In All Through the Night, Mary Higgins Clark has fashioned a Christmas gift for all her readers.Book 3 of 11: Alvirah & Willy Series
Fans of Mary Higgins Clark and cozy mysteries will relish this Christmas confection. Unlike her previous holiday novel, Silent Night, All Through the Night is virtually free of life-and-death crime. Rather, it is a Dickensian tale of good deeds rewarded and crimes punished.
Like the best holiday stories, All Through the Night steers toward sentimentality, but it veers back on course with narrative wit and Alvirah's charm. Clark's prose is lean and her plotting is brisk. This is a mystery that would be a pleasure to share aloud with a family gathered at the fireplace for some holiday cheer. --Patrick O'Kelley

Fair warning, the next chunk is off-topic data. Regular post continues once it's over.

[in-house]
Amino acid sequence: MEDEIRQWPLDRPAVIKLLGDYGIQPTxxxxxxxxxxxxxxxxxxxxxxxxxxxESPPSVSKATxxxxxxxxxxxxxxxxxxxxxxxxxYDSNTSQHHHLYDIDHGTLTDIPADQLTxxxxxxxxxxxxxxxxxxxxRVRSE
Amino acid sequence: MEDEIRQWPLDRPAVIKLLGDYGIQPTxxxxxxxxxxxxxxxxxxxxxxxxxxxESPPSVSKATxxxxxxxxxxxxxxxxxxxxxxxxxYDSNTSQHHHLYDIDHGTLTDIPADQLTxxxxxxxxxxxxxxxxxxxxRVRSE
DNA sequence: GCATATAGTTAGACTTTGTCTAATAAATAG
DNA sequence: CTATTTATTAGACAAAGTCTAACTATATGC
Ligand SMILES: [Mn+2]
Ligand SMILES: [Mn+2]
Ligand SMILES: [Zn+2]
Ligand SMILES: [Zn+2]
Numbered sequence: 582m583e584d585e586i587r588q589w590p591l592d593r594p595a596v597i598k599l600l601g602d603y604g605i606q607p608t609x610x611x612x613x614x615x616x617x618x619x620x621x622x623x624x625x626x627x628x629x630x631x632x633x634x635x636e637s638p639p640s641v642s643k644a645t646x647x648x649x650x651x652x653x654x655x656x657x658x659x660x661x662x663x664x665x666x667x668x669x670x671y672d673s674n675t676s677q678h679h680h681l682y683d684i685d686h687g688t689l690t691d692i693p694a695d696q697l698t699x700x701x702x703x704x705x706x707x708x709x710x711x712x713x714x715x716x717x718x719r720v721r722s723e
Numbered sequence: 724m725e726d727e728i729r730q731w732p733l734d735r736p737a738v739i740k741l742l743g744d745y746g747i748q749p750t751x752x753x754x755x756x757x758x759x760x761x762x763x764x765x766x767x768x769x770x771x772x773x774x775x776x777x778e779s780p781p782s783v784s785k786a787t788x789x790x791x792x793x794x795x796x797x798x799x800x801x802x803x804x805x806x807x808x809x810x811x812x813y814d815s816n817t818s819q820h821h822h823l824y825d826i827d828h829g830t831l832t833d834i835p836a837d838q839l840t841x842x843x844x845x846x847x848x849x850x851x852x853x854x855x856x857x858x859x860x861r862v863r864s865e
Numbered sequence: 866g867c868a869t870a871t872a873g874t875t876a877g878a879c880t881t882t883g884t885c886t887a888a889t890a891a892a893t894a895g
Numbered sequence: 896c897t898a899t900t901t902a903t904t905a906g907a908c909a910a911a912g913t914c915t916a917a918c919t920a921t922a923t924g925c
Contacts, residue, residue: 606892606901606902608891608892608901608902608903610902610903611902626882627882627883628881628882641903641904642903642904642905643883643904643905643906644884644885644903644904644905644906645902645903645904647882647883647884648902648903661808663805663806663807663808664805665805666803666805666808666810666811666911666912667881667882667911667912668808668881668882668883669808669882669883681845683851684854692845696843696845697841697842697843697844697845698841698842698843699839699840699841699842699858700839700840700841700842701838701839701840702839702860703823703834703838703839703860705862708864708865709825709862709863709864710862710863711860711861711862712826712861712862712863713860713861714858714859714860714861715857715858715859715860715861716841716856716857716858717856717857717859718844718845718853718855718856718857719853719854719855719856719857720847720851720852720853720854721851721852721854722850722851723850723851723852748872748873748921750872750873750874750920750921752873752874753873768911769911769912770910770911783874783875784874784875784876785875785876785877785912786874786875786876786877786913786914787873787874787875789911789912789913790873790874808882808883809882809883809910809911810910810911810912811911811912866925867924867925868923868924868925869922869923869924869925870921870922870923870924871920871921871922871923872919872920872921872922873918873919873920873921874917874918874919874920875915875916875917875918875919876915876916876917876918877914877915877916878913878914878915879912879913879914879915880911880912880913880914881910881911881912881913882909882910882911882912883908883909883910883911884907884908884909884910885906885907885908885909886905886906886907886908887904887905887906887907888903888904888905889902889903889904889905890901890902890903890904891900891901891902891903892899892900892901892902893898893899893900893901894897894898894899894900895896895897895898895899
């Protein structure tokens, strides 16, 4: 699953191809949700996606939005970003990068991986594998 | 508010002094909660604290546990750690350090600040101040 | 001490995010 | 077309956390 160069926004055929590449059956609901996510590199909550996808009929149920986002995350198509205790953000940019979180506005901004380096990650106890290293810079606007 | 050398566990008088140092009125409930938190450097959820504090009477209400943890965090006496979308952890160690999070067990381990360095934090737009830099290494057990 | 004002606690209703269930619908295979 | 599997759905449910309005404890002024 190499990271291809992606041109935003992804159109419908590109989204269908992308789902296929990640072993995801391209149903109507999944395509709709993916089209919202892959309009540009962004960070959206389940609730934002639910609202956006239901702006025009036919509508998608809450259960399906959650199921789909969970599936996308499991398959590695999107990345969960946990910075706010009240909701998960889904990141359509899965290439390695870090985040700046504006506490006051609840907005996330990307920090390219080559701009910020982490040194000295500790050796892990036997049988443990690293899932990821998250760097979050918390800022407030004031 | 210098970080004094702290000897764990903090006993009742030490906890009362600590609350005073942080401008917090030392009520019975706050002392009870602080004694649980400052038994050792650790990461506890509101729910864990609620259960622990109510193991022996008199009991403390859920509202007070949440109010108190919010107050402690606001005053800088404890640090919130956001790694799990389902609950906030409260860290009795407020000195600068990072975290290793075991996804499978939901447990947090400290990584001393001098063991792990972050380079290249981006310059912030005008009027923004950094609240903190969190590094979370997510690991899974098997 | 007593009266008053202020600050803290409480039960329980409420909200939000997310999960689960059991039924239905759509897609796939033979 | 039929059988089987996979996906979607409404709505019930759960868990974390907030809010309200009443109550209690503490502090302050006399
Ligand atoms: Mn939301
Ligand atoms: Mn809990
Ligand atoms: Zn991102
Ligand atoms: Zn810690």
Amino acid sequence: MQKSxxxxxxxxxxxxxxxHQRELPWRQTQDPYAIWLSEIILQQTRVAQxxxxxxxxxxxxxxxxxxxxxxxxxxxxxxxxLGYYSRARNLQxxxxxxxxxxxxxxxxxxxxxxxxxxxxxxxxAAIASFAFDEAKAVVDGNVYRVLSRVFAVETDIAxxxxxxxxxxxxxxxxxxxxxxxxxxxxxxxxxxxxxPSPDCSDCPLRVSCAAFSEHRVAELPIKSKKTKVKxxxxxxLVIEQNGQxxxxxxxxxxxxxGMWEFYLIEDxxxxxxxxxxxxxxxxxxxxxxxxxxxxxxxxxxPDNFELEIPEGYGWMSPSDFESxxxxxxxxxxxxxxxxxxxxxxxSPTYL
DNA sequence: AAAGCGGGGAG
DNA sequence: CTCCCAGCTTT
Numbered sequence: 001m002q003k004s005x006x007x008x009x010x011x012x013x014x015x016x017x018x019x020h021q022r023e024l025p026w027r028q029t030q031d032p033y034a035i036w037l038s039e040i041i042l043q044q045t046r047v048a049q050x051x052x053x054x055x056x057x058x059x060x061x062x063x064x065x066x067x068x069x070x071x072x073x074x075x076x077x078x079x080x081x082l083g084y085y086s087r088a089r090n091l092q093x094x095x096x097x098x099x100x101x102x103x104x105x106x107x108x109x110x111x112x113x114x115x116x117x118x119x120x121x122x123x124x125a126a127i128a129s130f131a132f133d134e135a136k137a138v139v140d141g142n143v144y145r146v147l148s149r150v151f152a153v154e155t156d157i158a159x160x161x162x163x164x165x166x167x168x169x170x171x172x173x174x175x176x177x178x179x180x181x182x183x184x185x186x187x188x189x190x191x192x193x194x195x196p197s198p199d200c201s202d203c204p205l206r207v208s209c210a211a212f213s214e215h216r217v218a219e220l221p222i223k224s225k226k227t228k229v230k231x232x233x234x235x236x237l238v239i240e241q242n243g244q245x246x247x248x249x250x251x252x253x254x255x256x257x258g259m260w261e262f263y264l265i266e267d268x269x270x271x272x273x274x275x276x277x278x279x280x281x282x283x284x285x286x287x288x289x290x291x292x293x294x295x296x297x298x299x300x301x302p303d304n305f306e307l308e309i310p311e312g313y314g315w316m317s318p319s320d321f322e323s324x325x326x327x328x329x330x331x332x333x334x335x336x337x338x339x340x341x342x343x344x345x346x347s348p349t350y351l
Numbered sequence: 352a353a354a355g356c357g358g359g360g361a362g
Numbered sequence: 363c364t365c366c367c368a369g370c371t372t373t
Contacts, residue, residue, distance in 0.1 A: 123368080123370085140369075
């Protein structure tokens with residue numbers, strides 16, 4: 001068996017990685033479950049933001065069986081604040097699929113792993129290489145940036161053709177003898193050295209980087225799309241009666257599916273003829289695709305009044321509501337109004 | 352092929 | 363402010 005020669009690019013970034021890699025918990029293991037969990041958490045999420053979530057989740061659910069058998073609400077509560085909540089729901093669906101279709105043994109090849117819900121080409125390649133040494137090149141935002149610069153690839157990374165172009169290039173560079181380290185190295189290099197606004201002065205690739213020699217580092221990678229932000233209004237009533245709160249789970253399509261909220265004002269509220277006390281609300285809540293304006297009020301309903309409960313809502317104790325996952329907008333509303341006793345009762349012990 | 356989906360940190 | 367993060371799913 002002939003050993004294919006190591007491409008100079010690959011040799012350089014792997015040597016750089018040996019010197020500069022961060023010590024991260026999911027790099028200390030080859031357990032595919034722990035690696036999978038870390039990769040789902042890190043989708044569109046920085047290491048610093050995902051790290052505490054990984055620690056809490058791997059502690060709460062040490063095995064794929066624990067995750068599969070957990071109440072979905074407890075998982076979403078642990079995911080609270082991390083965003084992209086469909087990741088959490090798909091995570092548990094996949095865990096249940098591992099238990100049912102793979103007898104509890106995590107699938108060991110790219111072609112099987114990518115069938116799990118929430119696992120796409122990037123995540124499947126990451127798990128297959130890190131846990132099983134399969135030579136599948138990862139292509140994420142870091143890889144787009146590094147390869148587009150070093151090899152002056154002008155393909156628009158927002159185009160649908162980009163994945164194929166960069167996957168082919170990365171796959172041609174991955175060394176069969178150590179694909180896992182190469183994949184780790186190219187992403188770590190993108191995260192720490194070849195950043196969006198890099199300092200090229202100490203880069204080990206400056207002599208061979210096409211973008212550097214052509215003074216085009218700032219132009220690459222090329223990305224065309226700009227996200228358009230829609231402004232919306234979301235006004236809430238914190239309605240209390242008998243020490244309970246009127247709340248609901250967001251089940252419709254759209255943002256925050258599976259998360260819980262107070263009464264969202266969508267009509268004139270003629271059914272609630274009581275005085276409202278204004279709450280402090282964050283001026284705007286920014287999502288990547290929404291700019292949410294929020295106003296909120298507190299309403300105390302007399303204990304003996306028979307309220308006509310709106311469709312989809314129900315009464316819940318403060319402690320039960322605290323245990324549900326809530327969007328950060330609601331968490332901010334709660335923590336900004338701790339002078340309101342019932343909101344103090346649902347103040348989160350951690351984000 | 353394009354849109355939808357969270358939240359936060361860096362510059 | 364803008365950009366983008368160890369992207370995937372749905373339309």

A desperate mother. Her missing child. A stolen chalice. With Silent Night, Mary Higgins Clark, America's own Queen of Suspense, gave her readers their best Christmas present ever. Now, with All Through the Night, she once again celebrates the Christmas season with a tale of suspense that will keep readers turning the pages -- all through the night. At the center of the novel are two of Mary Higgins Clark's most beloved characters, Alvirah, the lottery winner turned amateur sleuth, and her husband, Willy, both of them caught up in a Christmas mystery that calls on all of Alvirah's deductive powers, as well as Willy's world-class common sense. The story begins when a young unmarried woman leaves her newborn child on the rectory doorstep at a church on the Upper West Side of Manhattan. At the same moment, inside the church, a young man is stealing a treasured artifact, a chalice adorned with a single star-shaped diamond. Both the infant and the chalice disappear. Seven years later, a few weeks before Christmas, Alvirah and Willy are busy helping Willy's sister Cordelia, a nun who runs a thrift shop that doubles as an after-school shelter for neighborhood kids, prepare for the upcoming Christmas pageant. The future of the shelter is threatened, however, when the city condemns the building for that use, and it is further jeopardized when a nearby brownstone to which the shelter was to be moved turns out to have been willed to a young couple who were tenants in the building. Alvirah refuses to believe that the will is genuine and sets out to prove that the couple are con artists. Soon she is involved in the mystery of the chalice and the child. In All Through the Night, Mary Higgins Clark has fashioned a Christmas gift for all her readers.